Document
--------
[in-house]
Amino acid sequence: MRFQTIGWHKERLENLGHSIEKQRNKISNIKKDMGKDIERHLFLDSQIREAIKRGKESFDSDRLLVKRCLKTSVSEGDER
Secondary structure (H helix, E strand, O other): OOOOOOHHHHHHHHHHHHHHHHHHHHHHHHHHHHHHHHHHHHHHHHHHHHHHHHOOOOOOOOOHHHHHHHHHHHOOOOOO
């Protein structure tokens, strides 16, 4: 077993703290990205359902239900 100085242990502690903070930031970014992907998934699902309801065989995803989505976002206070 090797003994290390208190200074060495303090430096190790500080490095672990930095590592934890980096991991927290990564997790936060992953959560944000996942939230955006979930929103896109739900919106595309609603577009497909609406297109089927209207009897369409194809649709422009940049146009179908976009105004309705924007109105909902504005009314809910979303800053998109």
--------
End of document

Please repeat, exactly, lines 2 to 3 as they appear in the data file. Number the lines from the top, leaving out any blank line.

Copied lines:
Amino acid sequence: MRFQTIGWHKERLENLGHSIEKQRNKISNIKKDMGKDIERHLFLDSQIREAIKRGKESFDSDRLLVKRCLKTSVSEGDER
Secondary structure (H helix, E strand, O other): OOOOOOHHHHHHHHHHHHHHHHHHHHHHHHHHHHHHHHHHHHHHHHHHHHHHHHOOOOOOOOOHHHHHHHHHHHOOOOOO